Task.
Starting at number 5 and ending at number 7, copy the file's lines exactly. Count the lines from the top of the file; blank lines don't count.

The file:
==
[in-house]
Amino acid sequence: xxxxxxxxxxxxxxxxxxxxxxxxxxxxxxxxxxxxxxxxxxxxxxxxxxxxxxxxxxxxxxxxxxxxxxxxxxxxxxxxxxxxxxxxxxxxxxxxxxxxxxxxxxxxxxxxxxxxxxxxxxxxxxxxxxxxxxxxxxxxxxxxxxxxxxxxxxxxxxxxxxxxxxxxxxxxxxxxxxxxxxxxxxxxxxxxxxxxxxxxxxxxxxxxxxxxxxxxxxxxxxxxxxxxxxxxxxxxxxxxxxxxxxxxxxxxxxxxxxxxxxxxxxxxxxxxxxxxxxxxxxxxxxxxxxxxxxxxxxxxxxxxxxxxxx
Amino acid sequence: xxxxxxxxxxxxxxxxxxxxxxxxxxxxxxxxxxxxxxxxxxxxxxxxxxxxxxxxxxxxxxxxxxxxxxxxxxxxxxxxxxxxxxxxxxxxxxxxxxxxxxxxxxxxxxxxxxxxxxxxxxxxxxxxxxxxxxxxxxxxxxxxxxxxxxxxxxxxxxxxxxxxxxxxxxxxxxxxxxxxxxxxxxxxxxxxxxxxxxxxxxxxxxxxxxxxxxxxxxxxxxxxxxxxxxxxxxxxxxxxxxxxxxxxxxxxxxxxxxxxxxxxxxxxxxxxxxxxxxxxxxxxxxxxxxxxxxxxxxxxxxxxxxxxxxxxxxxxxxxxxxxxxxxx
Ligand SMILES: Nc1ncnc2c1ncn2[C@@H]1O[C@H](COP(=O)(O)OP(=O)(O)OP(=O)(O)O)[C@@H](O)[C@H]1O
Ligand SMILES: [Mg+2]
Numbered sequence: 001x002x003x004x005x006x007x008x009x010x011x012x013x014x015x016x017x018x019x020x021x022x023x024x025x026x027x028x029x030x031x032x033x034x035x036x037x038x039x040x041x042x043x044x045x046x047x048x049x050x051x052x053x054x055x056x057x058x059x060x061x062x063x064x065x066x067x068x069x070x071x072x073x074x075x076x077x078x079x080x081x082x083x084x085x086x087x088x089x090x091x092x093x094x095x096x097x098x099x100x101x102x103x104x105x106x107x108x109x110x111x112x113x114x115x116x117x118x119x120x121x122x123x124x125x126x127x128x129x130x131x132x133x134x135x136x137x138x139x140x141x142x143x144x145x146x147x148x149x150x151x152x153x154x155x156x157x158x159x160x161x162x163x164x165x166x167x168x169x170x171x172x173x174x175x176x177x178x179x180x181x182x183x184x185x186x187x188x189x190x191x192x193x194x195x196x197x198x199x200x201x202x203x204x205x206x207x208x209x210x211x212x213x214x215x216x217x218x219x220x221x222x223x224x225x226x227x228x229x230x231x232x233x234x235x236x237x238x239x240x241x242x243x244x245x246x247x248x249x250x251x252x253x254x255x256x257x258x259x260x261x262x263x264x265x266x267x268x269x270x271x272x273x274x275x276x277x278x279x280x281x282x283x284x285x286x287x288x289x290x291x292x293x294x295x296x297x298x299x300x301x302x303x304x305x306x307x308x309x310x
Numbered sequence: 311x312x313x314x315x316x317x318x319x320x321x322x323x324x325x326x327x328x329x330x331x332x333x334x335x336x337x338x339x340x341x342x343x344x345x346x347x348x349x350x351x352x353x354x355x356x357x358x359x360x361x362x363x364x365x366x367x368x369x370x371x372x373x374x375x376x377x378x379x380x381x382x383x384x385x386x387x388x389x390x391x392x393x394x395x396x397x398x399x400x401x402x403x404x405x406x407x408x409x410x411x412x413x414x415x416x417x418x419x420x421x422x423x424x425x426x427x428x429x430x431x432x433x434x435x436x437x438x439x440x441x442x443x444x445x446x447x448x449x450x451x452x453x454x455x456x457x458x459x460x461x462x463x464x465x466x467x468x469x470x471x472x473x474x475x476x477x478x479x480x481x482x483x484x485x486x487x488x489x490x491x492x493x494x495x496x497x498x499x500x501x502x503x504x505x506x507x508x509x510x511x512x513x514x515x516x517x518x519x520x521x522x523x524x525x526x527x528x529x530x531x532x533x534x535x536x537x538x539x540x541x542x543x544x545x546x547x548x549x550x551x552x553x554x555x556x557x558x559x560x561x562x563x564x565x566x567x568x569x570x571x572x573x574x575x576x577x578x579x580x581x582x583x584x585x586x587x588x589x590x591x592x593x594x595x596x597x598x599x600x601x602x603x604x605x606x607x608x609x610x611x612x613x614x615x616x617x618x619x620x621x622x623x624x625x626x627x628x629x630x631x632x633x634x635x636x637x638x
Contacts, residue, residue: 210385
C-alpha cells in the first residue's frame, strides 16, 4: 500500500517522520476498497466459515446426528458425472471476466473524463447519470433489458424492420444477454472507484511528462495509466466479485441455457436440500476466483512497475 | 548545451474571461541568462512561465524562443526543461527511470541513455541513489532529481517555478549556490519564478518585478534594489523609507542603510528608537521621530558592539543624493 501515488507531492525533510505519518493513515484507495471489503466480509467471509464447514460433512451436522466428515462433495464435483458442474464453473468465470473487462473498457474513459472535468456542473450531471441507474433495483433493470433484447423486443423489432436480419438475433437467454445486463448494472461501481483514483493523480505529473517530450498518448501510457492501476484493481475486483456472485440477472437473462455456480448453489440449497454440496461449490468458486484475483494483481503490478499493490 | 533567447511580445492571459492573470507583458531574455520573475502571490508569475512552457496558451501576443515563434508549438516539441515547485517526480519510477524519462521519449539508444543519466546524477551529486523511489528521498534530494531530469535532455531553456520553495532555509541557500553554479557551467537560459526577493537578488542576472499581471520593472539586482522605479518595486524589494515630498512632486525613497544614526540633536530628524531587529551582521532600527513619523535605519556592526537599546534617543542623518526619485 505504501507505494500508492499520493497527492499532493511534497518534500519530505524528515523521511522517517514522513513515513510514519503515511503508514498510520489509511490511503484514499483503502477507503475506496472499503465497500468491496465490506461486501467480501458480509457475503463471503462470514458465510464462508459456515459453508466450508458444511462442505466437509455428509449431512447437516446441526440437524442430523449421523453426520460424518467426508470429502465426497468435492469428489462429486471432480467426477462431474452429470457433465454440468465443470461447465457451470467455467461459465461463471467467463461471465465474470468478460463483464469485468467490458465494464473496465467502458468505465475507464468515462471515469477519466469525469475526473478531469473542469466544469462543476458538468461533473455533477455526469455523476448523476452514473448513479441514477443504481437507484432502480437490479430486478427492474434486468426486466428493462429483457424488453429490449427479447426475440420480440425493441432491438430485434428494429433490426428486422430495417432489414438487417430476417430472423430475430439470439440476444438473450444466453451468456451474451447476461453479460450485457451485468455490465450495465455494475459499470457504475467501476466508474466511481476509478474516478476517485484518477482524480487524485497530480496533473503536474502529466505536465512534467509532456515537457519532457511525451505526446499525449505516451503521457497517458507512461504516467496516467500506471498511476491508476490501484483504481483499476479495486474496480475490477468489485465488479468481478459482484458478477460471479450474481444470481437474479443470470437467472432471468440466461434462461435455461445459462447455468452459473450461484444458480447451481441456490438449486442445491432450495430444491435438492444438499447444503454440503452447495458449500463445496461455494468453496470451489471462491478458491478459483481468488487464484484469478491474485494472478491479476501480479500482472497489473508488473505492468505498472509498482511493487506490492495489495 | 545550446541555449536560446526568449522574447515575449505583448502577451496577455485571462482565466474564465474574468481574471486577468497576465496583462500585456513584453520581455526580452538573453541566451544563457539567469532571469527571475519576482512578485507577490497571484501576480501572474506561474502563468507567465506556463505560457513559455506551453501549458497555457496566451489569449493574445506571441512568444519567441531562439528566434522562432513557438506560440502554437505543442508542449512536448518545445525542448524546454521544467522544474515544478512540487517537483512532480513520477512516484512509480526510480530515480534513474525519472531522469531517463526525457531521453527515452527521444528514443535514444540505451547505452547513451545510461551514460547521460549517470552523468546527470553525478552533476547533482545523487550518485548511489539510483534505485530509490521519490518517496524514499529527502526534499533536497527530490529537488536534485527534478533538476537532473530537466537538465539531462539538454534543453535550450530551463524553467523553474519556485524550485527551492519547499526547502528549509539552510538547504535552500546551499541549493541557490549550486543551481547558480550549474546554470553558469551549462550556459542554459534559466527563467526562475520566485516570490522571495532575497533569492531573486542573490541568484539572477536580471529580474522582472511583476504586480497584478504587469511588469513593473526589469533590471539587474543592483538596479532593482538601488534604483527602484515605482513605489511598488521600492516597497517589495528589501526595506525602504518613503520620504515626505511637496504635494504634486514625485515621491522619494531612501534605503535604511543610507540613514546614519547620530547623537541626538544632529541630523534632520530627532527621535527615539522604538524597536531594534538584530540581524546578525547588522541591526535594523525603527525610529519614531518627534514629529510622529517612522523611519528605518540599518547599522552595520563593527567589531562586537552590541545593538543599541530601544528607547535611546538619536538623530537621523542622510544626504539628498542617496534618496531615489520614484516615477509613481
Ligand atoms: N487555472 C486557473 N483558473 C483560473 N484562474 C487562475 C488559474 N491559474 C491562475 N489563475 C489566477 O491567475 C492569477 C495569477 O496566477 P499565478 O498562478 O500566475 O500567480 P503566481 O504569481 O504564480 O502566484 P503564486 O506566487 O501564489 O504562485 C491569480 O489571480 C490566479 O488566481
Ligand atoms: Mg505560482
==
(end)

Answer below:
Ligand SMILES: [Mg+2]
Numbered sequence: 001x002x003x004x005x006x007x008x009x010x011x012x013x014x015x016x017x018x019x020x021x022x023x024x025x026x027x028x029x030x031x032x033x034x035x036x037x038x039x040x041x042x043x044x045x046x047x048x049x050x051x052x053x054x055x056x057x058x059x060x061x062x063x064x065x066x067x068x069x070x071x072x073x074x075x076x077x078x079x080x081x082x083x084x085x086x087x088x089x090x091x092x093x094x095x096x097x098x099x100x101x102x103x104x105x106x107x108x109x110x111x112x113x114x115x116x117x118x119x120x121x122x123x124x125x126x127x128x129x130x131x132x133x134x135x136x137x138x139x140x141x142x143x144x145x146x147x148x149x150x151x152x153x154x155x156x157x158x159x160x161x162x163x164x165x166x167x168x169x170x171x172x173x174x175x176x177x178x179x180x181x182x183x184x185x186x187x188x189x190x191x192x193x194x195x196x197x198x199x200x201x202x203x204x205x206x207x208x209x210x211x212x213x214x215x216x217x218x219x220x221x222x223x224x225x226x227x228x229x230x231x232x233x234x235x236x237x238x239x240x241x242x243x244x245x246x247x248x249x250x251x252x253x254x255x256x257x258x259x260x261x262x263x264x265x266x267x268x269x270x271x272x273x274x275x276x277x278x279x280x281x282x283x284x285x286x287x288x289x290x291x292x293x294x295x296x297x298x299x300x301x302x303x304x305x306x307x308x309x310x
Numbered sequence: 311x312x313x314x315x316x317x318x319x320x321x322x323x324x325x326x327x328x329x330x331x332x333x334x335x336x337x338x339x340x341x342x343x344x345x346x347x348x349x350x351x352x353x354x355x356x357x358x359x360x361x362x363x364x365x366x367x368x369x370x371x372x373x374x375x376x377x378x379x380x381x382x383x384x385x386x387x388x389x390x391x392x393x394x395x396x397x398x399x400x401x402x403x404x405x406x407x408x409x410x411x412x413x414x415x416x417x418x419x420x421x422x423x424x425x426x427x428x429x430x431x432x433x434x435x436x437x438x439x440x441x442x443x444x445x446x447x448x449x450x451x452x453x454x455x456x457x458x459x460x461x462x463x464x465x466x467x468x469x470x471x472x473x474x475x476x477x478x479x480x481x482x483x484x485x486x487x488x489x490x491x492x493x494x495x496x497x498x499x500x501x502x503x504x505x506x507x508x509x510x511x512x513x514x515x516x517x518x519x520x521x522x523x524x525x526x527x528x529x530x531x532x533x534x535x536x537x538x539x540x541x542x543x544x545x546x547x548x549x550x551x552x553x554x555x556x557x558x559x560x561x562x563x564x565x566x567x568x569x570x571x572x573x574x575x576x577x578x579x580x581x582x583x584x585x586x587x588x589x590x591x592x593x594x595x596x597x598x599x600x601x602x603x604x605x606x607x608x609x610x611x612x613x614x615x616x617x618x619x620x621x622x623x624x625x626x627x628x629x630x631x632x633x634x635x636x637x638x